Wrongful dismissal is completely different to Unfair Dismissal because it is dependant not only on statute, i.e. an Act of law such as the Employment Act 2002, but also on Contract Law. So if your employer has dismissed you without giving you the period of notice laid out in your contract of employment and has not followed the correct dismissal procedure, and as a result you have suffered financial loss, you can bring a claim against your employer for Wrongful Dismissal. The exception to this would of course be if you were dismissed for a proven felony such as theft against your employer.
Wrongful Dismissal claims can often be for quite large sums. Depending on the potential value of the claim they may brought in a County Court or High Court as an alternative to an Employment Tribunal. GHP Legal has considerable experience of handling high value claims so you should seek advice from one of our specialist employment solicitors as early as possible.
Under the Employment Act 2002 employees may bring a case for unfair dismissal to the Employment Tribunal if their employer has not followed the correct procedure, even if their dismissal falls within one of the specified acceptable categories. As this can be a lengthy and costly procedure, employers often prefer to make a compensation settlement before even getting to a Tribunal. This is usually done through a procedure called Alternative Dispute Resolution, known as ADR. At GHP Legal we have solicitors who are specially trained in this process.
So the first step your employer must take in the dismissal procedure is to set out in writing the reasons why they want to take some kind of action against you. At this stage they do not have to go as far as to say they are going to dismiss you; just that they have a problem with your employment and that you must attend a meeting with them to discuss the matter. If you wish to, you have the right to take an independent person with you to the meeting. Following the meeting your employer must inform you of their decision about the continuation of your employment. This does not have to be in writing, it can just be verbal, but they must also make you aware of your right to appeal their decision to dismiss you. If you find yourself in this situation you should seek immediate specialist advice.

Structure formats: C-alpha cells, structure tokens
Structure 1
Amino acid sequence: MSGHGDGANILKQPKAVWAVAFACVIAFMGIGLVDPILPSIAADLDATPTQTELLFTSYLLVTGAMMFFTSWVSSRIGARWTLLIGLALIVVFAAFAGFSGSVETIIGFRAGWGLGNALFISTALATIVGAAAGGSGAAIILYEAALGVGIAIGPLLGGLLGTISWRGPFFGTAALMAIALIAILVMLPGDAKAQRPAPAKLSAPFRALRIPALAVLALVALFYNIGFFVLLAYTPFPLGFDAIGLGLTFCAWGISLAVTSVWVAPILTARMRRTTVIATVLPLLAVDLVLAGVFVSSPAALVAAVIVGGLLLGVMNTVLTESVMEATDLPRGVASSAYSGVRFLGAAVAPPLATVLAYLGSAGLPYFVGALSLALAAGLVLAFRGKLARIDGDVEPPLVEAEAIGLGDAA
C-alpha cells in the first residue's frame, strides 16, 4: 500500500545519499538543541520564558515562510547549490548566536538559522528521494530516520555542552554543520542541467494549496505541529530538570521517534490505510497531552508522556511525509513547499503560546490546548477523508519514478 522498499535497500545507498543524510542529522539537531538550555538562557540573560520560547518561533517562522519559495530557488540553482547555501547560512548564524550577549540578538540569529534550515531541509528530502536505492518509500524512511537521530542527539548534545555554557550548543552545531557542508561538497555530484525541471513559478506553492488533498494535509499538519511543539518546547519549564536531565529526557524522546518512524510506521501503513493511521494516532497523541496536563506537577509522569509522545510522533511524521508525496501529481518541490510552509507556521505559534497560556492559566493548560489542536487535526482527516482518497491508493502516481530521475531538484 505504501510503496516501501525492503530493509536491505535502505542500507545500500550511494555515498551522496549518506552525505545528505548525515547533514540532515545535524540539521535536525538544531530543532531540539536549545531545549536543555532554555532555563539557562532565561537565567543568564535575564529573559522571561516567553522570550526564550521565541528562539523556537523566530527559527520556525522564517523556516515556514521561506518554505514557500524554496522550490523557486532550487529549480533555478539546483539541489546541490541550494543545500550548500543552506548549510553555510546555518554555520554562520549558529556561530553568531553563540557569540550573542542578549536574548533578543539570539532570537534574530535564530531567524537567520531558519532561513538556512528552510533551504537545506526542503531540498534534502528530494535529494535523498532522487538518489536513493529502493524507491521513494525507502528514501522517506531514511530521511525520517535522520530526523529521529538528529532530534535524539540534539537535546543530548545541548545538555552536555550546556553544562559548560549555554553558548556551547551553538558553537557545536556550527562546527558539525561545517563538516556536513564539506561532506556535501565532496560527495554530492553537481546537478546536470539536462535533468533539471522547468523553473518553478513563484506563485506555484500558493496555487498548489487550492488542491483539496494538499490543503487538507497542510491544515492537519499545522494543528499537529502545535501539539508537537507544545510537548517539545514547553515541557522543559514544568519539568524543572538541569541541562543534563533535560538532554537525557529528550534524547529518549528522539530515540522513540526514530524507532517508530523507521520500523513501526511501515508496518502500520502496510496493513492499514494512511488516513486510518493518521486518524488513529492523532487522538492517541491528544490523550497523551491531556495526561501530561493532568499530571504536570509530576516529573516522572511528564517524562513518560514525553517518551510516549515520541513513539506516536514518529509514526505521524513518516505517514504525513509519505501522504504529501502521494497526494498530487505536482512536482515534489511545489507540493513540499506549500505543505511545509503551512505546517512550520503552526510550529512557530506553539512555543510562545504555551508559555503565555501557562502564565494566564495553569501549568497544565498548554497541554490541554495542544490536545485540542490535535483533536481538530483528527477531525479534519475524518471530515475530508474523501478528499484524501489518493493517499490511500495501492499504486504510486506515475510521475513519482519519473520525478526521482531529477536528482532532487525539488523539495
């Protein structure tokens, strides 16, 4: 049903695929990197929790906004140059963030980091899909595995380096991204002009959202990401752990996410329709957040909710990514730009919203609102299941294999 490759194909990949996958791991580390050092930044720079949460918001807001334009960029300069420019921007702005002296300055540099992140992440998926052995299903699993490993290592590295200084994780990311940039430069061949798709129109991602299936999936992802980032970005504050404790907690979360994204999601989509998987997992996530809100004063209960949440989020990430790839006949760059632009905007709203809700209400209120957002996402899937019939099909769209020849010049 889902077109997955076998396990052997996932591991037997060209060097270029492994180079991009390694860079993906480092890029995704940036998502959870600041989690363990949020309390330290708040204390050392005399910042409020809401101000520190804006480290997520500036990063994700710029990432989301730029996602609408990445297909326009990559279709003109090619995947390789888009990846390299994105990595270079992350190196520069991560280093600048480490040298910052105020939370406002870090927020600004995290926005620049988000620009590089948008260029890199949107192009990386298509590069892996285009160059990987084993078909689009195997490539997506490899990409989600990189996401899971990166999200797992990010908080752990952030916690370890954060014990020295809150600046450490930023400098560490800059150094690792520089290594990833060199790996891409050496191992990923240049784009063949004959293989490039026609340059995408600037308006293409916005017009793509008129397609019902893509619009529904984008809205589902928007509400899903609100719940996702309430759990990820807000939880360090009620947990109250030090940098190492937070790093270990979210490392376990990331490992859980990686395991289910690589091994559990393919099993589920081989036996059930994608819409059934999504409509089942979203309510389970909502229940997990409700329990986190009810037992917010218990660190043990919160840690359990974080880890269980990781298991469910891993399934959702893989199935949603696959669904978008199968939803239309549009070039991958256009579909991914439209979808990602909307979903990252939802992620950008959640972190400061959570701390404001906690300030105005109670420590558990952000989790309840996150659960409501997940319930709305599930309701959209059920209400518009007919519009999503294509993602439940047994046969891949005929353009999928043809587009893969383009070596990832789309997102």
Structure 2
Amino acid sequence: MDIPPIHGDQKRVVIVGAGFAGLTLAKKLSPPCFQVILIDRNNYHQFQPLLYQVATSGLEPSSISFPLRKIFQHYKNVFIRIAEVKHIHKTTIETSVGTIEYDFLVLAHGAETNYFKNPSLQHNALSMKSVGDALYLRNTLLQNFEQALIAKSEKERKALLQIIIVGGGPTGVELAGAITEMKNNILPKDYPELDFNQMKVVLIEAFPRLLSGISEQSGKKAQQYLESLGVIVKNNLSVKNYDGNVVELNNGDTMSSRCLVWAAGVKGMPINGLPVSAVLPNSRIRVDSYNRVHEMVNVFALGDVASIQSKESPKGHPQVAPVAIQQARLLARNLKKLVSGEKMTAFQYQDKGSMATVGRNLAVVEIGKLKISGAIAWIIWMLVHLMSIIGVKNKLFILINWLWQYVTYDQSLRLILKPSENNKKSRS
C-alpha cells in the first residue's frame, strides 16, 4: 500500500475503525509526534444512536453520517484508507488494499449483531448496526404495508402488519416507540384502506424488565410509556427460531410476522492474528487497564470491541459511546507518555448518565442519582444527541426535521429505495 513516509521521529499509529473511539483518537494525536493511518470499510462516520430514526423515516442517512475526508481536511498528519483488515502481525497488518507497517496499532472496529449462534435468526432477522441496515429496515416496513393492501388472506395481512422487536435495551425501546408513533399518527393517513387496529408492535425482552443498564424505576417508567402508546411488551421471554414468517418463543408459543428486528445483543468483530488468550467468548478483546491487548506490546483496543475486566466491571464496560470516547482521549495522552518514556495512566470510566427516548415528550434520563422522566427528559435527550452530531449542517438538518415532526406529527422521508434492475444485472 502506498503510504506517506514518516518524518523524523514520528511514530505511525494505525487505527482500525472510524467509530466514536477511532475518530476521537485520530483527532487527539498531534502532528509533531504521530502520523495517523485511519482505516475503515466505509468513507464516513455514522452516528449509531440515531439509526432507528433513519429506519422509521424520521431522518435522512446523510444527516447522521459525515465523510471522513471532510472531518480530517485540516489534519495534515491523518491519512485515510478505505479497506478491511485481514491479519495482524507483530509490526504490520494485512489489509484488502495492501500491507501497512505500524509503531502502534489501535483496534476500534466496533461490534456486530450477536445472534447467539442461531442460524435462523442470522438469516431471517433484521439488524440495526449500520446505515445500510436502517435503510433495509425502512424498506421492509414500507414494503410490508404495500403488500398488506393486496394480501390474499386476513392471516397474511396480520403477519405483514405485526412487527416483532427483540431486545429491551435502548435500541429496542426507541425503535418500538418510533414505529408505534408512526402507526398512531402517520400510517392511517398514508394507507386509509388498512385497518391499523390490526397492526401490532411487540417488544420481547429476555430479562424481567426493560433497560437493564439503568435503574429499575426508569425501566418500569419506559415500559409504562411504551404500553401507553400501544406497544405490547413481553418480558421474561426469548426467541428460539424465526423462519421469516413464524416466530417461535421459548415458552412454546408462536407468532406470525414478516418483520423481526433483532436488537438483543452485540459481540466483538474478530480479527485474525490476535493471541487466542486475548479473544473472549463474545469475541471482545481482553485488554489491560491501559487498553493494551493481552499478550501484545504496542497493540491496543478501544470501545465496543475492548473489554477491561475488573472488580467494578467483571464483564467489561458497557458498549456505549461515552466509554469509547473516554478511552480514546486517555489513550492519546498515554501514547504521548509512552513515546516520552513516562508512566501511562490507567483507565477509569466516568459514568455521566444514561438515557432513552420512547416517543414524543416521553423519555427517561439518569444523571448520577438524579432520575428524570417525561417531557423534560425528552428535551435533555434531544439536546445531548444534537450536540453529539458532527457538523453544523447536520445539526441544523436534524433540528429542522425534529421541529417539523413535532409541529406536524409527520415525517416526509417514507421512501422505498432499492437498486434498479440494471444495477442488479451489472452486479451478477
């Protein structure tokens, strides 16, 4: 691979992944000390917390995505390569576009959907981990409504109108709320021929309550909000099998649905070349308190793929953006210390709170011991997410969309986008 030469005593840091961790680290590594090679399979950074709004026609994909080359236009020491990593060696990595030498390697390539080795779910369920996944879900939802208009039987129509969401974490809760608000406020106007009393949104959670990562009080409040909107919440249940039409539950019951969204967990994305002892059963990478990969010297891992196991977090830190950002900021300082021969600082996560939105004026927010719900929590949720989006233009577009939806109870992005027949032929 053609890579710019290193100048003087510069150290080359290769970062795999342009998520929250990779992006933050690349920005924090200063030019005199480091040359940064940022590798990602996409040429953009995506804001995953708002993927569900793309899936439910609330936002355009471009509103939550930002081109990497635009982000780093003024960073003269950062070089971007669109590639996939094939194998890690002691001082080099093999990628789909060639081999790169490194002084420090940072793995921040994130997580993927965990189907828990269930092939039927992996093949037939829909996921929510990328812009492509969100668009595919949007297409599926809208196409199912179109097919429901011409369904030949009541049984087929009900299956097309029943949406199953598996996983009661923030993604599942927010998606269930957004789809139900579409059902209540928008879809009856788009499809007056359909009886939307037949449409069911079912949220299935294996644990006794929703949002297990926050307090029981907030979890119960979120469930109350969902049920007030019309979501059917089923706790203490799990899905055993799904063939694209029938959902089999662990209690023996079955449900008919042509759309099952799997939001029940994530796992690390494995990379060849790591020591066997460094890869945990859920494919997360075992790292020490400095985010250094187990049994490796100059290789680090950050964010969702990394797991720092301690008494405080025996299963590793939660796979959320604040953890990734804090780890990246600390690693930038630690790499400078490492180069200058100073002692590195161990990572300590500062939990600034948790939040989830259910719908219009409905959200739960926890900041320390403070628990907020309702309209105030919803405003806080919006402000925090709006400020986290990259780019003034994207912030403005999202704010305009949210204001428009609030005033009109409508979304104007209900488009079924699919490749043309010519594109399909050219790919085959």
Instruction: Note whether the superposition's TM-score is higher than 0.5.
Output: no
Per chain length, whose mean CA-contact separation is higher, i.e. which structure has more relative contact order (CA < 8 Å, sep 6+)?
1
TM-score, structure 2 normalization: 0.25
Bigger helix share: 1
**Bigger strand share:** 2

Discrimination at work
The Equality Act 2010 protects all workers against discrimination. The Act categorises discrimination as nine ‘protected characteristics’ which are: Age; Being or becoming a transsexual person; Being married or in a civil partnership; Being pregnant or on maternity leave; Disability; Race including colour, nationality, ethnic or national origin; Religion, belief or lack of religion/belief; Sex; Sexual orientation. You are also protected from discrimination if you associate with, complain about or support anyone who has a protected characteristic.
The ways in which the Equality Act 2010 protects you at work include: Dismissal; Employment terms and conditions; Pay and benefits; Promotion and transfer opportunities; Training; Recruitment; Redundancy. If you are disabled your employer must make reasonable adjustments to accommodate your needs and provide you with facilities and opportunities equal to non-disabled colleagues.
If you think your employer is discriminating against you, in the first instance make an appointment to speak with them to try and sort out the problem. If this does not work you should come and talk to one of our employment specialists and ask about Mediation or Alternative Dispute Resolution. If all else fails ask about applying to make a claim to the Employment Tribunal.
Breach of Contract